*First published in June 2020. For the first months of 2021 we are revisiting stories from lockdown 1 which raised hopes and spirits or delivered inspiration.*
What does the future look like? It’s a question we’ve all put to ourselves in recent months, with varying degrees of intensity. Some will have simply been concerned with what the next day holds. Others will have stretched their thought potential far into the distance over the uncomfortable contours of the unknown.
But, what happens when a vision of the future derails, elements of a collective idea pulled off course? Should our imagination work to put it back on the same track, or, alternatively, draw tracks anew?
In the initial phases of lockdown, the former will have presented itself as the simplest option to retain a status quo. In 2008 it’s exactly what occurred following worldwide financial ruin; those wielding the most strength quickly reset the course. No other thought process was considered by those with hands on the levers of power. But, 11 weeks on, a similar eventuality looks increasingly unattainable as we pick through the ruins of another global crisis. And so, it’s within our homes where the blueprints for the world outside are being redrafted. Our imagination is now the core material for a rebuild.
For screenwriter and children’s author FRANK COTTRELL-BOYCE, these future-facing demands on the imagination aren’t unusual. Nor is the requirement to stay at home and dream of the world beyond it. “I yearn to be at home writing,” he puts it to me over the phone as we talk about the power of imagination to construct a new world in the face of adversity. But what does the future look like when it’s your occupation to imagine things, to coax possibilities in from the ether and present them as alluring experience?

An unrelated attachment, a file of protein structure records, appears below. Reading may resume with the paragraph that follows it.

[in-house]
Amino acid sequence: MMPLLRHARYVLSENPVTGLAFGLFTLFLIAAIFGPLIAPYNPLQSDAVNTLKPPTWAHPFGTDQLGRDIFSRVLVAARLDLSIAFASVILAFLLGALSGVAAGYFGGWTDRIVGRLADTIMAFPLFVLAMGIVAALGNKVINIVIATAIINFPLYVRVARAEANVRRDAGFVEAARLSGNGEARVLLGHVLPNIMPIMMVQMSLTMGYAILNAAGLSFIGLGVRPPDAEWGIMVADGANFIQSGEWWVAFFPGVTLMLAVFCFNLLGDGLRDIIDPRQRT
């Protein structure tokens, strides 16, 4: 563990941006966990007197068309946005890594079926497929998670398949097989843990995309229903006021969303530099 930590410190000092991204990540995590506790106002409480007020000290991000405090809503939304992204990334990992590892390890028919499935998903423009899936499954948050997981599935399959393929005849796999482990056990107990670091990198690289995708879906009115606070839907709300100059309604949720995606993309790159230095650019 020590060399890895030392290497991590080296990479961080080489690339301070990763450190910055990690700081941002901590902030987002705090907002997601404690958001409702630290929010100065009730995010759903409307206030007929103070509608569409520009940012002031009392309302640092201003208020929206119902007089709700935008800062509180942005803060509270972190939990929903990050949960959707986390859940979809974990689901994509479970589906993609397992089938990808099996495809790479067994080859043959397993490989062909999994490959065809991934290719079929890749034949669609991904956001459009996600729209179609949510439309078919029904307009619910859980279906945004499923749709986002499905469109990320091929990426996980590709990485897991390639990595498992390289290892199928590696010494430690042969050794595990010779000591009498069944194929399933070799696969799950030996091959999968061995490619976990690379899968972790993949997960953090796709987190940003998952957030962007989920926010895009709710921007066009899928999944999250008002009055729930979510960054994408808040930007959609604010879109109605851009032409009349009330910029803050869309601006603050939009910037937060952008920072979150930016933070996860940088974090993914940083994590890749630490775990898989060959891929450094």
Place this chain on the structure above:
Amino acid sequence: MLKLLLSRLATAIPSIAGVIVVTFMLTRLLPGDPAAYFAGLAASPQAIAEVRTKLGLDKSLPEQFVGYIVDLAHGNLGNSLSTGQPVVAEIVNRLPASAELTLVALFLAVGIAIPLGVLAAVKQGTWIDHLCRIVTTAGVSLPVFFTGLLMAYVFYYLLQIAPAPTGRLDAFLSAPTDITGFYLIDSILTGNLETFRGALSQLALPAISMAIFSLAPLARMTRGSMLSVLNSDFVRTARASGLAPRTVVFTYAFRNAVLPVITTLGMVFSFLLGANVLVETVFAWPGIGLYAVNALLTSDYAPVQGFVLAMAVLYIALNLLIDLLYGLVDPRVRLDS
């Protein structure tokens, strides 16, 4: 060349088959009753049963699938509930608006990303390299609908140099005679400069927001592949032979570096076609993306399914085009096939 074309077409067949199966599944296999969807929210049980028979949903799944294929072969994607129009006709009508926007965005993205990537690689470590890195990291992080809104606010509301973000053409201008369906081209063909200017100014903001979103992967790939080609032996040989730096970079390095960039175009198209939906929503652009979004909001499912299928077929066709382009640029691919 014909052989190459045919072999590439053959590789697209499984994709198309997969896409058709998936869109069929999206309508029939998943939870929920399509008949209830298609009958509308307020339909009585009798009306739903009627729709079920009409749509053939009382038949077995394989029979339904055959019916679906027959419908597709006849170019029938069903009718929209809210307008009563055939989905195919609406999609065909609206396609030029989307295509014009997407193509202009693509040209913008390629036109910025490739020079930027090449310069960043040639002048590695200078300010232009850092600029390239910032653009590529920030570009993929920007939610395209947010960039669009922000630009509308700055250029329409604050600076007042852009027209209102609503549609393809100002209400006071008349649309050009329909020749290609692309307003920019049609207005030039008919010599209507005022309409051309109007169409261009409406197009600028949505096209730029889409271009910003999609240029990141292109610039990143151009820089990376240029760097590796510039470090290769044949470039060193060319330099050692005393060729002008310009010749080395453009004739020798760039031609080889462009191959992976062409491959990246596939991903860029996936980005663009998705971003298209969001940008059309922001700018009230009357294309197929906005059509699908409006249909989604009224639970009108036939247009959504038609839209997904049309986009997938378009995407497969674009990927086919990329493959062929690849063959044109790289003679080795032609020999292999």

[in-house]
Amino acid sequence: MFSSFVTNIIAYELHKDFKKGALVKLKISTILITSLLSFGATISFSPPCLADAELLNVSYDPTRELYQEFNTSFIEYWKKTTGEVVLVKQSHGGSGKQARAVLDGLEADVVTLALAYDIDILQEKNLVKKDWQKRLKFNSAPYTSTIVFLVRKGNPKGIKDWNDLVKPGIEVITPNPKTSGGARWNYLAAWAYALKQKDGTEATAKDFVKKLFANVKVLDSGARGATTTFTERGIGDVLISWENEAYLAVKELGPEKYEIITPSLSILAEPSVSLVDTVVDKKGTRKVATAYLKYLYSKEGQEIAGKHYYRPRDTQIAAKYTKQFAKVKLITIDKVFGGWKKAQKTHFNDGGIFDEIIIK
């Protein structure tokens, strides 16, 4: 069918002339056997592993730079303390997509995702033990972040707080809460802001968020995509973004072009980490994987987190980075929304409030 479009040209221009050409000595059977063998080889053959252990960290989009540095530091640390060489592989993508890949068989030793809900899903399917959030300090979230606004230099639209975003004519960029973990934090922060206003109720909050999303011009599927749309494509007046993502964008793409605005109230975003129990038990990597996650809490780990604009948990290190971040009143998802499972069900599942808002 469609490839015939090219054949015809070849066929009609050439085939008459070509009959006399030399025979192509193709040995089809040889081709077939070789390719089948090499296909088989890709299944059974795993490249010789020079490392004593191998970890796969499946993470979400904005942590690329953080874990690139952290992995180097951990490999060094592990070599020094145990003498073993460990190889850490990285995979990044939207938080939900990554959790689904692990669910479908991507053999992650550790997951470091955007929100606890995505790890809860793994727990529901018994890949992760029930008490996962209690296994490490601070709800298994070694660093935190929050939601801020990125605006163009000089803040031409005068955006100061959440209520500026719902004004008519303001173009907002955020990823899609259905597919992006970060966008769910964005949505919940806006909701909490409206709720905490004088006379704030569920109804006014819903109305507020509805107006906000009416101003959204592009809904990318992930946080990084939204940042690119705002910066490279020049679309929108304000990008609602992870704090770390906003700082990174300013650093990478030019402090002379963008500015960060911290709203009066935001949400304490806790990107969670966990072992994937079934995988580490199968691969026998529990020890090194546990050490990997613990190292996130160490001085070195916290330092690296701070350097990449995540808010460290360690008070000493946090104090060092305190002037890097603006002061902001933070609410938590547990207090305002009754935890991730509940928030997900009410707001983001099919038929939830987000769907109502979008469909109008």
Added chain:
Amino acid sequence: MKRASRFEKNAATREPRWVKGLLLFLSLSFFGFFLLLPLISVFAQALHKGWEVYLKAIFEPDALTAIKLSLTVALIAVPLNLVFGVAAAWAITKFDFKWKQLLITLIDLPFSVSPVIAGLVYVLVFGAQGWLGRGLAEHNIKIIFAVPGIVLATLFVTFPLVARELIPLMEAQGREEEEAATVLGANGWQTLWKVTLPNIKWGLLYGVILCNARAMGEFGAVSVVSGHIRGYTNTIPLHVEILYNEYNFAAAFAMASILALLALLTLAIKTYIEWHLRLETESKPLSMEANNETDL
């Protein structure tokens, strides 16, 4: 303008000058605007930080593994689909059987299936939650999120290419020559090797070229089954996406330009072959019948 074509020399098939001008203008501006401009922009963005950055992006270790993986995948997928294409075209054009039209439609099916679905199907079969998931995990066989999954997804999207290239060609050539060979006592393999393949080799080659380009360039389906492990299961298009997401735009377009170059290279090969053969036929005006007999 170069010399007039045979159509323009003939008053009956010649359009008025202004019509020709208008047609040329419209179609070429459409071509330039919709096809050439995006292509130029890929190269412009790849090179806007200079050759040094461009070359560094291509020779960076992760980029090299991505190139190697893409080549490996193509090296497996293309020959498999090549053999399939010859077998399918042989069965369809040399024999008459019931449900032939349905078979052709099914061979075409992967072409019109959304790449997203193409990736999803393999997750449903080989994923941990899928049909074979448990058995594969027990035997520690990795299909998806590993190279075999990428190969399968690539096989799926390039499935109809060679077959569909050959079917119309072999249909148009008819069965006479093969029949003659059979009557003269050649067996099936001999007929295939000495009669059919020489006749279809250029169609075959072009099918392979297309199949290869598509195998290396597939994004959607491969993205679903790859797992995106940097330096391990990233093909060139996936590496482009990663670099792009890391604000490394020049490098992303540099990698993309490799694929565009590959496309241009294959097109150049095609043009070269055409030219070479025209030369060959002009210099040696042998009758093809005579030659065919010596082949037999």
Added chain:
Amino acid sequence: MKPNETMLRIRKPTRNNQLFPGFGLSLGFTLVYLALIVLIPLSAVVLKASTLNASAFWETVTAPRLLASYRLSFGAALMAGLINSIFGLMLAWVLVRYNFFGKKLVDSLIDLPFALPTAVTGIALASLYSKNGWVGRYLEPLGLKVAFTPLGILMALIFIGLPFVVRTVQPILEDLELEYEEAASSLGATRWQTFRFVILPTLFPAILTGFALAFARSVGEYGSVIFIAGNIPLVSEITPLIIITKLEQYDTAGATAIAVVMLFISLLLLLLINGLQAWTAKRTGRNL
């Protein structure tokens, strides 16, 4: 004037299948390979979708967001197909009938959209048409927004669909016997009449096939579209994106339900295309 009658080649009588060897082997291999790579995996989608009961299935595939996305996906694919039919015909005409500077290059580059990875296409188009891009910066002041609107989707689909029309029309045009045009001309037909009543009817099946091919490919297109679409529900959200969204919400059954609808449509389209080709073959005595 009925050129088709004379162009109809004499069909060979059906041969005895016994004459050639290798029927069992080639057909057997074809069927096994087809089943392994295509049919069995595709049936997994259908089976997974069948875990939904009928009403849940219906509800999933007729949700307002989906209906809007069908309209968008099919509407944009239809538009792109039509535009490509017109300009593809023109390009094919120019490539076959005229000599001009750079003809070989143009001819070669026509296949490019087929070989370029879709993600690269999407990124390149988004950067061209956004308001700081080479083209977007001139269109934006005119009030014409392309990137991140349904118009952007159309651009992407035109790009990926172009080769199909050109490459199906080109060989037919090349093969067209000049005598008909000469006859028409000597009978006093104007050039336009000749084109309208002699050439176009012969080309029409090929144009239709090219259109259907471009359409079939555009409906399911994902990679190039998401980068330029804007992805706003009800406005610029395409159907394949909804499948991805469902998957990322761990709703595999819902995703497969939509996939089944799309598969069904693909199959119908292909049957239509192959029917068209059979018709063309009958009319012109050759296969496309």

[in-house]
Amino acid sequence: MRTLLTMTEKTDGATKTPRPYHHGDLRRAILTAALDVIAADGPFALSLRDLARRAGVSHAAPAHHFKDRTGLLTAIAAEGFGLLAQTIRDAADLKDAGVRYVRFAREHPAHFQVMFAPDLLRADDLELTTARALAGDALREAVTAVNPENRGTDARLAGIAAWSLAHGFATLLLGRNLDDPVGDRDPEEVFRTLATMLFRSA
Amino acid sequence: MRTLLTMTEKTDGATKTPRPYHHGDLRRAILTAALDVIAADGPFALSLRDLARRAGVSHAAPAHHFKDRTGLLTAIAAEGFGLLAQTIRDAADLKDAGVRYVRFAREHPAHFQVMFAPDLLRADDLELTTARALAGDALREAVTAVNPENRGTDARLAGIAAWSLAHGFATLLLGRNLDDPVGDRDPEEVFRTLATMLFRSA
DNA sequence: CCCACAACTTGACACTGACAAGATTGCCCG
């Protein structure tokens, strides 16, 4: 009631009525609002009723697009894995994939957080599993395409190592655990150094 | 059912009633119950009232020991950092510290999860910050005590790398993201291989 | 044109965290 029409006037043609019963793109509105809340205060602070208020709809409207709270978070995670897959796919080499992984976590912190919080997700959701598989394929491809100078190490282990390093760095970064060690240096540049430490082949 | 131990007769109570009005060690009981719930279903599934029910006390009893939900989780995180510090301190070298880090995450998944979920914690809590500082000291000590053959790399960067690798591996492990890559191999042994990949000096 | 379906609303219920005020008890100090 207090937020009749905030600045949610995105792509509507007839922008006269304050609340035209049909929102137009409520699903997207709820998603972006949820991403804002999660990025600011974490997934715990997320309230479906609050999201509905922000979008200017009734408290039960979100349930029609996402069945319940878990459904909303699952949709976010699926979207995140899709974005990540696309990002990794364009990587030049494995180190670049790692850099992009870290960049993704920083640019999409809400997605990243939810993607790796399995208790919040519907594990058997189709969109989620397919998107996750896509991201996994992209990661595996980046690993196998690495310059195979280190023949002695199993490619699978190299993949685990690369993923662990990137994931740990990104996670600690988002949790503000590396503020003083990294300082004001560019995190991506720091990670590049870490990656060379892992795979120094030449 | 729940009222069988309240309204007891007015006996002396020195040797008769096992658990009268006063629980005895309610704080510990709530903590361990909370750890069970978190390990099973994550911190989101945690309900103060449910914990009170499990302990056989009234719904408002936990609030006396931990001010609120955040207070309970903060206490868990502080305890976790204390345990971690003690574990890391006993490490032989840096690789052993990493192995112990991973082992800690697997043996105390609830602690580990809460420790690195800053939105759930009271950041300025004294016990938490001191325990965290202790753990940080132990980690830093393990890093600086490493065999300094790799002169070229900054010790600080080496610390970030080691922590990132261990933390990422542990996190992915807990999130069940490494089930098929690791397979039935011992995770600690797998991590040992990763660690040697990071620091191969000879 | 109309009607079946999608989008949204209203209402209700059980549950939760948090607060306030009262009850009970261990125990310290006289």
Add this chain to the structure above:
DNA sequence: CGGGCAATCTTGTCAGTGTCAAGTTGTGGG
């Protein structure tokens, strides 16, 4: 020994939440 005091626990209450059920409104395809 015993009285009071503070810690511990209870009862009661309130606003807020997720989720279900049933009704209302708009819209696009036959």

A vision of the future owes much to the imagination and creativity. The future, in essence, is a blank canvas: it requires collective imagination to shape its potential and offer an attainable realism. If there’s been any positive to this pandemic, it’s that it has brought greater clarity to see what works and what doesn’t. There’s been more space to think. The future remains a societal playscript in its most basic form. And this very playscript is currently open for rewriting. There’s space for each one of us, each community, to receive a credit.
Over the course of a career spanning three decades, Cottrell-Boyce’s writing has served as a fitness trainer of the imagination glands, a creativity coach for the minds who’ll be writing about the future of tomorrow. Since lockdown was implemented, Cottrell-Boyce has continued his efforts to tune the imaginations of the future in an entirely new role, that of of teacher. Much of his work since March has been in running online creative writing workshops via his Instagram while schools remained shut. “I angled all of the lessons towards mental resilience,” he says. “Thinking of adventures that can still happen when you’re in the house; secret worlds, unexpected visitors.”